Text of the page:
Top 5 Riskiest Fantasy RBs for 2012

There are some backs you know you can trust on your fantasy team to put up consistent numbers. These aren't those guys.

T.S. Eliot once said, "Only those who will risk going too far can possibly find out how far one can go." It's a beautiful, and true, sentiment. And it also lets me know that if fantasy football existed in the 1920s, T.S. Eliot would have been an extremely poor fantasy GM.

Some things that apply in the real world just don't work in the fantasy football world. Sure, the Seahawks can try a flier on Terrell Owens and if it doesn't work, cut him before the season with no harm done. If you try a flier with Mr. Driveway Sit-ups, however, then that's one less potential steal you can grab late in your draft. It's all about minimizing risk in fantasy, especially at the top of your draft board. In our Fantasy Draft Kit, we try and help you out with who is risky who isn't, giving a player's "Risk" right next to their fantasy points projection. And this year, there are some guys clearly riskier than others. Here are numberFire's top five running backs that you should probably keep an eye on this season (or at least get a good backup with). Getting one of these guys is flirting with danger, getting two is trying to date Kim Kardashian.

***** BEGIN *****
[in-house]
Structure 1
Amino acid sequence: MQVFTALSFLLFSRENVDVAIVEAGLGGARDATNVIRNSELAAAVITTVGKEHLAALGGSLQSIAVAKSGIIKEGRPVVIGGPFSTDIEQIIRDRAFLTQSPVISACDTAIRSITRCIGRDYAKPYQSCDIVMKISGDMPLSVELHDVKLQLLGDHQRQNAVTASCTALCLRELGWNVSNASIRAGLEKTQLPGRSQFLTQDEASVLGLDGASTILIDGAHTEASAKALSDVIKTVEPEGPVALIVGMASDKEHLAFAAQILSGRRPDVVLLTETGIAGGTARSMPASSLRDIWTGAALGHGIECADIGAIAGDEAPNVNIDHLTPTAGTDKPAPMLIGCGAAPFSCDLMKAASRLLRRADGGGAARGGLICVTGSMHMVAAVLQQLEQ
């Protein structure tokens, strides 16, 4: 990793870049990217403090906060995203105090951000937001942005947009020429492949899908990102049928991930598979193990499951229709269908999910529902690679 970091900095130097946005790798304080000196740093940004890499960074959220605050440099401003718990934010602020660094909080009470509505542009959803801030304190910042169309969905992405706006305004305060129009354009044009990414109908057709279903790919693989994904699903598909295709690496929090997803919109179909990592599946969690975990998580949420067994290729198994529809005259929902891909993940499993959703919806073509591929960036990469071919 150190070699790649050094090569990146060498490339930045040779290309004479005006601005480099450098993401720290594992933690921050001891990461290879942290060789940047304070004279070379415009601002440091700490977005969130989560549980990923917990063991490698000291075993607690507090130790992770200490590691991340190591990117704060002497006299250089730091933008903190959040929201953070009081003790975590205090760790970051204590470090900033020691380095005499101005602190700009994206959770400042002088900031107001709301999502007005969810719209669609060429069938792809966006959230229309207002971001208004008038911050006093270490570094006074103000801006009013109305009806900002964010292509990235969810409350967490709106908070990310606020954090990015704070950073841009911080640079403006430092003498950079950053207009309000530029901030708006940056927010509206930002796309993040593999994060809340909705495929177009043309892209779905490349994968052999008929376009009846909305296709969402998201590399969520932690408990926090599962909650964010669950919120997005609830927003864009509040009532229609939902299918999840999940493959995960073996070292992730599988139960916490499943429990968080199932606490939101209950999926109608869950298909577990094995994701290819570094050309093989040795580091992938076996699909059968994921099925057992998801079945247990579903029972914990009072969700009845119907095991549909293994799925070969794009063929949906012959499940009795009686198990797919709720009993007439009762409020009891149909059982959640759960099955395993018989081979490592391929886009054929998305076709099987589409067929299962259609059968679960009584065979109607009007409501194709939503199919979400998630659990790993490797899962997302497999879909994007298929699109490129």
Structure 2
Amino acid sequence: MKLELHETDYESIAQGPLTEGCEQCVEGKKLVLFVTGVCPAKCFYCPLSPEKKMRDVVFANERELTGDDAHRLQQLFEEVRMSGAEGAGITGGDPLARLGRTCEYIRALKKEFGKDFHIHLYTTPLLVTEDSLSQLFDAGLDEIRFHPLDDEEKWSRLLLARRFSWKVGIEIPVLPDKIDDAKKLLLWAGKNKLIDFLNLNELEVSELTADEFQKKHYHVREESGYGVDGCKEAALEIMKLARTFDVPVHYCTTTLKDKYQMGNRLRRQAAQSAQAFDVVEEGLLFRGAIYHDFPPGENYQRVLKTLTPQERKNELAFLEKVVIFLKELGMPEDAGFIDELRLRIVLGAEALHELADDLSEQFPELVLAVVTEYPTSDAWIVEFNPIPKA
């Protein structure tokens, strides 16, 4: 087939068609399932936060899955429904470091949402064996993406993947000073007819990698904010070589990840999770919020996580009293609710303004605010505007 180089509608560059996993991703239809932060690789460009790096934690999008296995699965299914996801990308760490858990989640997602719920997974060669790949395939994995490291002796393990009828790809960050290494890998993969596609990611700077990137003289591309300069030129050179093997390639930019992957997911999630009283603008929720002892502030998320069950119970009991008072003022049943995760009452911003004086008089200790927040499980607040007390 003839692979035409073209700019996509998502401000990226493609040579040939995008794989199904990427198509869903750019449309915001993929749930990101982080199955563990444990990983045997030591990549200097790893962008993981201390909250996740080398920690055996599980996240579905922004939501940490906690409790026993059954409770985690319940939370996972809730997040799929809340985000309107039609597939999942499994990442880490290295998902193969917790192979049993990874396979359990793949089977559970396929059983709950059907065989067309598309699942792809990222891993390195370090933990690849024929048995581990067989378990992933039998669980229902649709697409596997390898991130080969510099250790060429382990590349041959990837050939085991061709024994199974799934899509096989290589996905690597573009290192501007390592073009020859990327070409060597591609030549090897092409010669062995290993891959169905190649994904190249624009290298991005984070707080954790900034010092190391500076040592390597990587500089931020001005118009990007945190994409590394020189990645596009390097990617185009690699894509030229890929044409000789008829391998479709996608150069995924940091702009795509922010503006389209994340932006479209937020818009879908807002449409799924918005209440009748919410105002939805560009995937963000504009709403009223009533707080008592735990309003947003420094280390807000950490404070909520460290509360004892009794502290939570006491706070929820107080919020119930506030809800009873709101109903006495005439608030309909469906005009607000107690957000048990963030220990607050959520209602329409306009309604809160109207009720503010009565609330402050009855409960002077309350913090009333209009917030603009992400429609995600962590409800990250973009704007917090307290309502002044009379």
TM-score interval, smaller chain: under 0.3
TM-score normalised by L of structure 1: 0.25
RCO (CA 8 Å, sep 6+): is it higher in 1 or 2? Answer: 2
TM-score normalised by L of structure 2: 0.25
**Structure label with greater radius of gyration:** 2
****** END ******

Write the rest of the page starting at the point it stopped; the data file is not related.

(Note: All average draft positions are accurate as of 8/27/12.)

numberFire's Top Five Riskiest Fantasy RB Picks

5. DeMarco Murray - Dallas Cowboys
numberFire Projected Rank: #46 (#17 RB in our Fantasy Draft Kit)
Average Draft Position: #11 (#7 RB)